In 2001, Jerri Johnson was diagnosed with stage 4 inflammatory breast cancer. She has lived with metastatic breast cancer for more than 20 years. This is her story in her own words.
I was 35 when I was diagnosed with stage 4 inflammatory breast cancer . Newly married, my future was bright and all of a sudden, this breast cancer diagnosis came. And it obviously changed plans, a lot of plans, along the way. But there are good parts, and outcomes of that as well, and wonderful support from family and friends. Health care providers that really were willing to try interesting, cutting-edge things to help save my life.
One of those cutting-edge things was trying a chemotherapy cocktail that had just come out of initial clinical trials. My oncologist said, “Hey, we’re going to try this.” It stopped the progression of my cancer. We were able to go in and address the different metastases, and were able to get into a position where my cancer could be managed. It has been manageable for the last 20 years.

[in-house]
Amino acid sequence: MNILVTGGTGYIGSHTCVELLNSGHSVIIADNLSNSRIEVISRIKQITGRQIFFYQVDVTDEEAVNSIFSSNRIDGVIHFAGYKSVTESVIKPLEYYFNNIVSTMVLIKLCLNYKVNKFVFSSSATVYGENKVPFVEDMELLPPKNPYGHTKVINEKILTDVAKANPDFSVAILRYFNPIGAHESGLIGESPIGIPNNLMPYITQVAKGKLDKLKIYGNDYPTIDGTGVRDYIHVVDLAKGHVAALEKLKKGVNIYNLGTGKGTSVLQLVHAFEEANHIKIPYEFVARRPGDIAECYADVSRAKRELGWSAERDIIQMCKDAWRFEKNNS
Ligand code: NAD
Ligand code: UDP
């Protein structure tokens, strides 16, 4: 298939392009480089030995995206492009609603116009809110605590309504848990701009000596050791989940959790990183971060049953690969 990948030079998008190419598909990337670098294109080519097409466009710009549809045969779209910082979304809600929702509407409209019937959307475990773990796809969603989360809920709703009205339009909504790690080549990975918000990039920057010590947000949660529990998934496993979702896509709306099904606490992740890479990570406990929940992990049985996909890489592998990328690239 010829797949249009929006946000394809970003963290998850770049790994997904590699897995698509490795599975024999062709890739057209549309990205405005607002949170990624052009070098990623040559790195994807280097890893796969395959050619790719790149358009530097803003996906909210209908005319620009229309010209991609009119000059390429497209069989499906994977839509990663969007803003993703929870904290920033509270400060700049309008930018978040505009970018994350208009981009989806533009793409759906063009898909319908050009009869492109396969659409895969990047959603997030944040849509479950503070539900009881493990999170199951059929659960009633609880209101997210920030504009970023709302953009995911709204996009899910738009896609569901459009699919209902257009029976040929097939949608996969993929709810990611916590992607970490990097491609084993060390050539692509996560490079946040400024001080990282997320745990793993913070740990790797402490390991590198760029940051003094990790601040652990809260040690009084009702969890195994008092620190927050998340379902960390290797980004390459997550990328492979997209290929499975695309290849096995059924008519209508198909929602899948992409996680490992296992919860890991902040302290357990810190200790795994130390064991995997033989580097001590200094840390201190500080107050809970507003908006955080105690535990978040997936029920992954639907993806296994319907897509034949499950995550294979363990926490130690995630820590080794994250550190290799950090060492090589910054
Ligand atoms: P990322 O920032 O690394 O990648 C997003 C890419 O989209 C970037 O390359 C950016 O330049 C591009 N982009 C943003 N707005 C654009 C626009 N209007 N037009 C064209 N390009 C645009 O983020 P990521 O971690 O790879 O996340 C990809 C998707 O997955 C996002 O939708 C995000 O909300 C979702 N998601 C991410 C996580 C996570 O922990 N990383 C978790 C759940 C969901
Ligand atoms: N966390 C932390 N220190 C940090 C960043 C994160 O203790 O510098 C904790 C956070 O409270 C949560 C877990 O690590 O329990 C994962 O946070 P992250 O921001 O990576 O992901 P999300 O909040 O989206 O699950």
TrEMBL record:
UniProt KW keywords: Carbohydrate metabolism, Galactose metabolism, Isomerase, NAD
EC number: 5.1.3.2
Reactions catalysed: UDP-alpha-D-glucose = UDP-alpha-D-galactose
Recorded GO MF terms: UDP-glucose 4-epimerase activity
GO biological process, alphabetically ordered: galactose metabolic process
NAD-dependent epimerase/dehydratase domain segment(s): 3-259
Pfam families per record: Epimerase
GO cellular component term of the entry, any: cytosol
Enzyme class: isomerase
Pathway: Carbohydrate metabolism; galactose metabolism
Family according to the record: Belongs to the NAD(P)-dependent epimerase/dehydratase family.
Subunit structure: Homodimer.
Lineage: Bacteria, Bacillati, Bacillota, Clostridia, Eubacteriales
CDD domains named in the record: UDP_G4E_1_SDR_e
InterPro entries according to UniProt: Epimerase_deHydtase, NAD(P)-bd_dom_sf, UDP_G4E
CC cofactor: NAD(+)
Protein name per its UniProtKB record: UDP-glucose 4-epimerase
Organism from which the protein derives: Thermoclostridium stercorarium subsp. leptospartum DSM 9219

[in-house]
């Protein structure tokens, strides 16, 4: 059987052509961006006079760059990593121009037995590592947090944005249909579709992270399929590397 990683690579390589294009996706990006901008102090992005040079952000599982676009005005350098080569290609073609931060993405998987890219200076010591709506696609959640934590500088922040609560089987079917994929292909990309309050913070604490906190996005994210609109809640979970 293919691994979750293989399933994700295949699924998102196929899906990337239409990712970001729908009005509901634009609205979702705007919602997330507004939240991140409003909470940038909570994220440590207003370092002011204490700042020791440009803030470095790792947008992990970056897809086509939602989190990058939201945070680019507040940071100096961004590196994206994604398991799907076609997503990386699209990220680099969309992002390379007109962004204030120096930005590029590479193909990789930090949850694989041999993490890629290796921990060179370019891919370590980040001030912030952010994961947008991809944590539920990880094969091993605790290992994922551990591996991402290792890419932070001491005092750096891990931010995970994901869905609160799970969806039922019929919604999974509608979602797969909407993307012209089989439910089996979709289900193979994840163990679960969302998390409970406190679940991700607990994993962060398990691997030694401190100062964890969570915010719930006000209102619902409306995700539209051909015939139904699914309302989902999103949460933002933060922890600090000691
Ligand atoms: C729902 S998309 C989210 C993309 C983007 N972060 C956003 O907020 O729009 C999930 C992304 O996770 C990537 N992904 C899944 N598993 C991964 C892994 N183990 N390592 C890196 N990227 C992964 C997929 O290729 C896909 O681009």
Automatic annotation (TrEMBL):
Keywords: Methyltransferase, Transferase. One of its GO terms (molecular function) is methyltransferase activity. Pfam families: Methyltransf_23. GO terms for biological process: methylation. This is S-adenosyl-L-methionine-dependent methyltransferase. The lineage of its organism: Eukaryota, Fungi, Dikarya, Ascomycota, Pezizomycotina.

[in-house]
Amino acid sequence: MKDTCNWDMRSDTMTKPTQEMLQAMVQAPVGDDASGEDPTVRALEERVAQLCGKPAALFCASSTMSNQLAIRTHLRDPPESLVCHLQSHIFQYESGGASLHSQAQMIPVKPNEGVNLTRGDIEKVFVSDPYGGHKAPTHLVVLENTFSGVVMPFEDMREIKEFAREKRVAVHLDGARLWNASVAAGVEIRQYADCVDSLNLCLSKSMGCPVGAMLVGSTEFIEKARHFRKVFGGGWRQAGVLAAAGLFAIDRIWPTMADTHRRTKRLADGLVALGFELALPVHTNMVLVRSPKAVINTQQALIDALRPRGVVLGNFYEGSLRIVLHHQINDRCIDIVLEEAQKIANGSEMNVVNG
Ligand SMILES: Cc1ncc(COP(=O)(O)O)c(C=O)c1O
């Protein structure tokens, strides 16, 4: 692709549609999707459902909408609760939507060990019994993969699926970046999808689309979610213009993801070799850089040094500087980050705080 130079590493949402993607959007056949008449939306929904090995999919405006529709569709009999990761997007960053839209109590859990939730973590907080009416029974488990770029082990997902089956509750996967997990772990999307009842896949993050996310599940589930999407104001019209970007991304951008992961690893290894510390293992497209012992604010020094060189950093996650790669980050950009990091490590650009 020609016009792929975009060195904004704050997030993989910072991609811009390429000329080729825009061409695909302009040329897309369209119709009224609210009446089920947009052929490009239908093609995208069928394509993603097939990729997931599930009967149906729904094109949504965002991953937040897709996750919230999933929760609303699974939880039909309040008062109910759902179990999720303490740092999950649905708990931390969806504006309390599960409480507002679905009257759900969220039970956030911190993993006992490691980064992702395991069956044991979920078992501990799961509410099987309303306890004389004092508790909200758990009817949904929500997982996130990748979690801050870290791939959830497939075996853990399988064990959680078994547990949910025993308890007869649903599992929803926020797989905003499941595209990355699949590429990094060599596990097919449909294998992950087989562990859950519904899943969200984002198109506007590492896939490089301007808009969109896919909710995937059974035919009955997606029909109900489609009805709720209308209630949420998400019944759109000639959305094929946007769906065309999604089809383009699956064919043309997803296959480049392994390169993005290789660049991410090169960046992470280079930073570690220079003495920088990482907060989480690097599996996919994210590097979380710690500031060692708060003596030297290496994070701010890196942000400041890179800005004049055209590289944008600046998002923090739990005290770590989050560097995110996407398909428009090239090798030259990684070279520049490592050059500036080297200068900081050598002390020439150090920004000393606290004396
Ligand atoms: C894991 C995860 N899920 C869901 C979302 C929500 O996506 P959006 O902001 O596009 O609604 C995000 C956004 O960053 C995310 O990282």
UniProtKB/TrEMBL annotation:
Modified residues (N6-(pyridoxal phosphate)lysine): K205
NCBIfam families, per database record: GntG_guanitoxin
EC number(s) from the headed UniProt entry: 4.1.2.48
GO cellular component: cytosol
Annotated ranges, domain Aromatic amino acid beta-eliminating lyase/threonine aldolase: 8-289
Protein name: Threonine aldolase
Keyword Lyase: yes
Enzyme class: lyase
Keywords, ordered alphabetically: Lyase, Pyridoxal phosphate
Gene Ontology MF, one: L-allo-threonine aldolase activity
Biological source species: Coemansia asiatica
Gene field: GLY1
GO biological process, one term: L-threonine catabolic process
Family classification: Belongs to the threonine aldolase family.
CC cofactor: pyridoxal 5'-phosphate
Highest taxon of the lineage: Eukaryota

So, after that experience, I asked my oncologist: What was the turning point? And she said it really was this research out of MD Anderson that was funded by Komen. And I didn’t know anything about Susan G. Komen. We’re not really a cancer family. I didn’t know what an oncologist was until my surgeon told me that I needed an oncologist. It was really from ground zero that we learned about this space.
I am truly grateful to Komen for helping to save my life. And, while living with metastatic disease has not been an easy situation, it is something that has gotten much easier over the years. Any sort of chronic illness comes with a huge level of anxiety and stress. And how you manage that is a big part of how you survive and what the quality of life is as you survive that. I think that’s been a really important part of the last 20 years.